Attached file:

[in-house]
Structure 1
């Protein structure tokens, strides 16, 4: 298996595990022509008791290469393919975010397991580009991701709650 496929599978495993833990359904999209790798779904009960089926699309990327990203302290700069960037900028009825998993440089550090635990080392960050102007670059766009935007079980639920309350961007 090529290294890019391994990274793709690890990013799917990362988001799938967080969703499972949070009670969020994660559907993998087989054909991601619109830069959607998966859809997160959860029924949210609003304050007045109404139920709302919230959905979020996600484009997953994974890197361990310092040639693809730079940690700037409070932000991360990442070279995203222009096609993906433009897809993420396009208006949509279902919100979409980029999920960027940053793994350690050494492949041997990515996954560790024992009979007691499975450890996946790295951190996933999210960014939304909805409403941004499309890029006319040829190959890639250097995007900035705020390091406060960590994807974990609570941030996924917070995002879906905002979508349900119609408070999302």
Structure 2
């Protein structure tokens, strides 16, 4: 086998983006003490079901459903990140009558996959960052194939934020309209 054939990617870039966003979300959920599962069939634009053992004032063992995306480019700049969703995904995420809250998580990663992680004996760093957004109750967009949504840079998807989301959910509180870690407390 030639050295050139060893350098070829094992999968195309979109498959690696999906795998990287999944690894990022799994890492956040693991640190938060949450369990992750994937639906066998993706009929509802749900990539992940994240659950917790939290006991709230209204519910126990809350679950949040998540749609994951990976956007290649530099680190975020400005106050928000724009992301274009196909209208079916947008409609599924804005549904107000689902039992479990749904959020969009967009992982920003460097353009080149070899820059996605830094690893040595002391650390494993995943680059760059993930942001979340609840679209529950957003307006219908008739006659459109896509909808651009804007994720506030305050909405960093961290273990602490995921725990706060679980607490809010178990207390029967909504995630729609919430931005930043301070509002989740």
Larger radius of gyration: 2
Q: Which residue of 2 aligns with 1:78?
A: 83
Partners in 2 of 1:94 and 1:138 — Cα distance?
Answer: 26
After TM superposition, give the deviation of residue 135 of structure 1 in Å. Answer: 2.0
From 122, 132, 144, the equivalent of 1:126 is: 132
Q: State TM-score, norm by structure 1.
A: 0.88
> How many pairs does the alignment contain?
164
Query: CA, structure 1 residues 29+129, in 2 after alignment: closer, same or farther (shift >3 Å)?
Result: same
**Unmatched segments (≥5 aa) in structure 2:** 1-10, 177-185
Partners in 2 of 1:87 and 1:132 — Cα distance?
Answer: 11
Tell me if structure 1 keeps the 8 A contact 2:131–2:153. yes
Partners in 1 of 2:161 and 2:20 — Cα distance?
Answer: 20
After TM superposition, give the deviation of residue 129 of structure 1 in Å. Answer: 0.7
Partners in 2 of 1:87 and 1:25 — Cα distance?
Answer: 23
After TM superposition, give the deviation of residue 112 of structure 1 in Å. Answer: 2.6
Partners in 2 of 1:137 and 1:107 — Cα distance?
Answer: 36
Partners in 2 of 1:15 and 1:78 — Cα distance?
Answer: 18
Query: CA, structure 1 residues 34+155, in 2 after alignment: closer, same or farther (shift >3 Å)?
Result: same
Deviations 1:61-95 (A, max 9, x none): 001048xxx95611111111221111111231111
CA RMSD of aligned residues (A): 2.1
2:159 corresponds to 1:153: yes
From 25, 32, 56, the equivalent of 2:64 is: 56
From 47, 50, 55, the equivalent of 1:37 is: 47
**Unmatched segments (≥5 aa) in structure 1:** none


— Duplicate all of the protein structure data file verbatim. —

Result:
[in-house]
Structure 1
């Protein structure tokens, strides 16, 4: 298996595990022509008791290469393919975010397991580009991701709650 496929599978495993833990359904999209790798779904009960089926699309990327990203302290700069960037900028009825998993440089550090635990080392960050102007670059766009935007079980639920309350961007 090529290294890019391994990274793709690890990013799917990362988001799938967080969703499972949070009670969020994660559907993998087989054909991601619109830069959607998966859809997160959860029924949210609003304050007045109404139920709302919230959905979020996600484009997953994974890197361990310092040639693809730079940690700037409070932000991360990442070279995203222009096609993906433009897809993420396009208006949509279902919100979409980029999920960027940053793994350690050494492949041997990515996954560790024992009979007691499975450890996946790295951190996933999210960014939304909805409403941004499309890029006319040829190959890639250097995007900035705020390091406060960590994807974990609570941030996924917070995002879906905002979508349900119609408070999302």
Structure 2
């Protein structure tokens, strides 16, 4: 086998983006003490079901459903990140009558996959960052194939934020309209 054939990617870039966003979300959920599962069939634009053992004032063992995306480019700049969703995904995420809250998580990663992680004996760093957004109750967009949504840079998807989301959910509180870690407390 030639050295050139060893350098070829094992999968195309979109498959690696999906795998990287999944690894990022799994890492956040693991640190938060949450369990992750994937639906066998993706009929509802749900990539992940994240659950917790939290006991709230209204519910126990809350679950949040998540749609994951990976956007290649530099680190975020400005106050928000724009992301274009196909209208079916947008409609599924804005549904107000689902039992479990749904959020969009967009992982920003460097353009080149070899820059996605830094690893040595002391650390494993995943680059760059993930942001979340609840679209529950957003307006219908008739006659459109896509909808651009804007994720506030305050909405960093961290273990602490995921725990706060679980607490809010178990207390029967909504995630729609919430931005930043301070509002989740």
Larger radius of gyration: 2
Q: Which residue of 2 aligns with 1:78?
A: 83
Partners in 2 of 1:94 and 1:138 — Cα distance?
Answer: 26
After TM superposition, give the deviation of residue 135 of structure 1 in Å. Answer: 2.0
From 122, 132, 144, the equivalent of 1:126 is: 132
Q: State TM-score, norm by structure 1.
A: 0.88
> How many pairs does the alignment contain?
164
Query: CA, structure 1 residues 29+129, in 2 after alignment: closer, same or farther (shift >3 Å)?
Result: same
**Unmatched segments (≥5 aa) in structure 2:** 1-10, 177-185
Partners in 2 of 1:87 and 1:132 — Cα distance?
Answer: 11
Tell me if structure 1 keeps the 8 A contact 2:131–2:153. yes
Partners in 1 of 2:161 and 2:20 — Cα distance?
Answer: 20
After TM superposition, give the deviation of residue 129 of structure 1 in Å. Answer: 0.7
Partners in 2 of 1:87 and 1:25 — Cα distance?
Answer: 23
After TM superposition, give the deviation of residue 112 of structure 1 in Å. Answer: 2.6
Partners in 2 of 1:137 and 1:107 — Cα distance?
Answer: 36
Partners in 2 of 1:15 and 1:78 — Cα distance?
Answer: 18
Query: CA, structure 1 residues 34+155, in 2 after alignment: closer, same or farther (shift >3 Å)?
Result: same
Deviations 1:61-95 (A, max 9, x none): 001048xxx95611111111221111111231111
CA RMSD of aligned residues (A): 2.1
2:159 corresponds to 1:153: yes
From 25, 32, 56, the equivalent of 2:64 is: 56
From 47, 50, 55, the equivalent of 1:37 is: 47
**Unmatched segments (≥5 aa) in structure 1:** none